The Obama administration's current obsession over Jewish settlements in the West Bank is misguided. The president may think that publicly pushing the issue will enhance his standing in the Muslim/Arab world and aid his peacemaking efforts, but this approach is likely to backfire.
With Iran on the cusp of developing nuclear capabilities — and its extremist proxies, Hamas and Hezbollah, at Israel's borders — what Israelis need most right now are assurances that diplomatic efforts in the region will enhance their security.
By focusing on settlements, the administration gives the Arab world a cause célèbre — and an excuse to avoid the more difficult but requisite steps toward accommodation with Israel.
Palestinian Authority President Mahmoud Abbas was astonishingly honest in admitting this inertia while visiting Washington last week. "We can't talk to the Arabs" about taking small confidence-building steps toward Israel "until Israel agrees to freeze settlements and recognize the two-state solution," Abbas told The Washington Post. "Until then we can't talk to anyone," he said, implying that negotiations with Israel were also off-limits until Jerusalem complies.
Obama — however determined he is to define a new path in the Middle East — is sending the wrong message. As Jackson Diehl, the Post editor who sat down with Abbas, put it: In shifting the focus to Israel, Obama "has revived a long-dormant Palestinian fantasy: that the United States will simply force Israel to make critical concessions, whether or not its democratic government agrees, while Arabs passively watch and applaud."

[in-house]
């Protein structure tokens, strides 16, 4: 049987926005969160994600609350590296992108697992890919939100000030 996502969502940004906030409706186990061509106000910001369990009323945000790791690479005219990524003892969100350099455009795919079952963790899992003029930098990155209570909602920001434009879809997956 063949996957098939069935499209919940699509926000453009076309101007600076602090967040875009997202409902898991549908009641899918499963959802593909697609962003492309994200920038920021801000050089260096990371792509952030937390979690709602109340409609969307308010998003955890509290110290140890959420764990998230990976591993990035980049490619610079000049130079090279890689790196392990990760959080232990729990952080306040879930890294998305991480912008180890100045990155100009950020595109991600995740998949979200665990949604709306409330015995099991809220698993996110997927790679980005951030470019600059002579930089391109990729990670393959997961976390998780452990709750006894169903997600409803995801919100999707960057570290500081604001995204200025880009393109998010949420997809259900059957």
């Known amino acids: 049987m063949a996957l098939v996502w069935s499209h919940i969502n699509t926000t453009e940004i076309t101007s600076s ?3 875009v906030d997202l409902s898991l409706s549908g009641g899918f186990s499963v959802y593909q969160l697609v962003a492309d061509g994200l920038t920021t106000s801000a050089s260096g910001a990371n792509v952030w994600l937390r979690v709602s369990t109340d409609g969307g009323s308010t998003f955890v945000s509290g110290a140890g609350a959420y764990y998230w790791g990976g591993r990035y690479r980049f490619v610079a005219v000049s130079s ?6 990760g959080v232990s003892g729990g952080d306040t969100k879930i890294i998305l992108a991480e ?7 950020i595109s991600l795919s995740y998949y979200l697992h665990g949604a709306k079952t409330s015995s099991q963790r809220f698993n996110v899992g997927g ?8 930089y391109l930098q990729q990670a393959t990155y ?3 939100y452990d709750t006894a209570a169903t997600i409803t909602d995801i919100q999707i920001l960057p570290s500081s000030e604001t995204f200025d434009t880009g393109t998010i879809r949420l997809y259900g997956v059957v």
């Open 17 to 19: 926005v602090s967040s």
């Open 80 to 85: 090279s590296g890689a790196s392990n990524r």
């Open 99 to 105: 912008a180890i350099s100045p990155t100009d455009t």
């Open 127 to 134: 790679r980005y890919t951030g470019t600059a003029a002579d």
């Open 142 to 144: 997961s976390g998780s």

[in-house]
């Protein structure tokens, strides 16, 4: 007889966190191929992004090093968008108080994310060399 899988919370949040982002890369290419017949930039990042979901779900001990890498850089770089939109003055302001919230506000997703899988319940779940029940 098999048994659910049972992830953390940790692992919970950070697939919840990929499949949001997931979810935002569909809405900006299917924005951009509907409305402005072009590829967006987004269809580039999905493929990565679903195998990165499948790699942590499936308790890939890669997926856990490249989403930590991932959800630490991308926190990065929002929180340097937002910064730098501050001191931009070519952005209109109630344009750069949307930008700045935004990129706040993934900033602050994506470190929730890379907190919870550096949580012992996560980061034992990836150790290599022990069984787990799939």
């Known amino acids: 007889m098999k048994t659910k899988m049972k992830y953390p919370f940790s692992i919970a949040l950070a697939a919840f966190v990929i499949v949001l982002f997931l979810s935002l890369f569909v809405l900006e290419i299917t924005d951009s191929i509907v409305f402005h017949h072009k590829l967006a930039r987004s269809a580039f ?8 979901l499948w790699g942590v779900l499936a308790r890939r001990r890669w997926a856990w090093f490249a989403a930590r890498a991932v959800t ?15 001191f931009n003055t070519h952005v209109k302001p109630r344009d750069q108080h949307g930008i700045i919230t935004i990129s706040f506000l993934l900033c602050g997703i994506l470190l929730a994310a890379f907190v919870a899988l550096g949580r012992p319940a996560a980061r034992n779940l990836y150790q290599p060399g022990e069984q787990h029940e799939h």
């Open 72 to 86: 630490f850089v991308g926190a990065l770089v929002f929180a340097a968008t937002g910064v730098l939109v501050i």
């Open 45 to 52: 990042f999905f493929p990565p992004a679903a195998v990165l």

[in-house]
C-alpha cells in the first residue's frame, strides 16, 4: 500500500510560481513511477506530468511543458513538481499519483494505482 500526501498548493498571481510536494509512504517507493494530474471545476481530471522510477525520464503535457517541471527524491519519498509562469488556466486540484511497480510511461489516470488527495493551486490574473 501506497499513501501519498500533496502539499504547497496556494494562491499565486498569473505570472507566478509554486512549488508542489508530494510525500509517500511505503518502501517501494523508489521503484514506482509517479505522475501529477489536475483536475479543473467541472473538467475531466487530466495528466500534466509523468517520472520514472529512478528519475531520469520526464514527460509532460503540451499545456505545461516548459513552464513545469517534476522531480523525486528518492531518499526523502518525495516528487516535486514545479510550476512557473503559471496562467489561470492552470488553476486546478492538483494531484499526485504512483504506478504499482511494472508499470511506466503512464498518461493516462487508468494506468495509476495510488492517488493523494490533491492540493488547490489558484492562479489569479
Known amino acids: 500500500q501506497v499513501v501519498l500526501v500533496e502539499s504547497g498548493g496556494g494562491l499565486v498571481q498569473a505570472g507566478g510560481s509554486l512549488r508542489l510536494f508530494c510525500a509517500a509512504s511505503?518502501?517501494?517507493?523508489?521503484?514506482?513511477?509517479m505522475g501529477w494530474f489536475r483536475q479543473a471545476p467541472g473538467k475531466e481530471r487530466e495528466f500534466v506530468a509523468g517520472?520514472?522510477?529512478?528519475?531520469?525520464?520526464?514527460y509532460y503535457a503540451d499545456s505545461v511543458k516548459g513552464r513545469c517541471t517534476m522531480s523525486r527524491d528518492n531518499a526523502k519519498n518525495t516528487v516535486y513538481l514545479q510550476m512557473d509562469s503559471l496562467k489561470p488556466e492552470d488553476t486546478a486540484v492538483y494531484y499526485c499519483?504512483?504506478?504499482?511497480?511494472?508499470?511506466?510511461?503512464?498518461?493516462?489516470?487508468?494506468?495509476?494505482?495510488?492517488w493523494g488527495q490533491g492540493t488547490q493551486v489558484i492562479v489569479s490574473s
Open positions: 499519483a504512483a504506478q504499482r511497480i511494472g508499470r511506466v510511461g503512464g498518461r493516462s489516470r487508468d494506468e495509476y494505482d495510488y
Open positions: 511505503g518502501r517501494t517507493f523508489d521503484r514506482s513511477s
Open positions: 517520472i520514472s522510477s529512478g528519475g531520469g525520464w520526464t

This is not the first time that settlements have exacerbated tensions between Israel and the United States, and have diverted the parties from the real issues at hand. Relations sank to an all-time low after former U.S. Secretary of State James Baker, back in 1991, dissed Israel, in essence telling Congress that the Jewish state could call when its leaders were serious about peace.
Israeli Prime Minister Benjamin Netanyahu is between a rock and a hard place when it comes to settlements. Given his past support for developing them, as well as the hard-line elements in his governing coalition, it is not insignificant that he has pledged not to build any new ones and that he's also moved to dismantle illegal outposts. The only dispute at this point appears to be over "natural growth" of existing settlements, even among those likely to remain a part of Israel in any eventual peace deal.
History has shown that settlements are not the issue that stands in the way of peace. The majority of Israelis have demonstrated a willingness to sacrifice settlements in exchange for a real chance for peace. We're all for honesty between friends. But the president must tone down the rhetoric before he so alienates the Israeli people that they'd be unwilling to take the ever-growing risks any peace deal would require.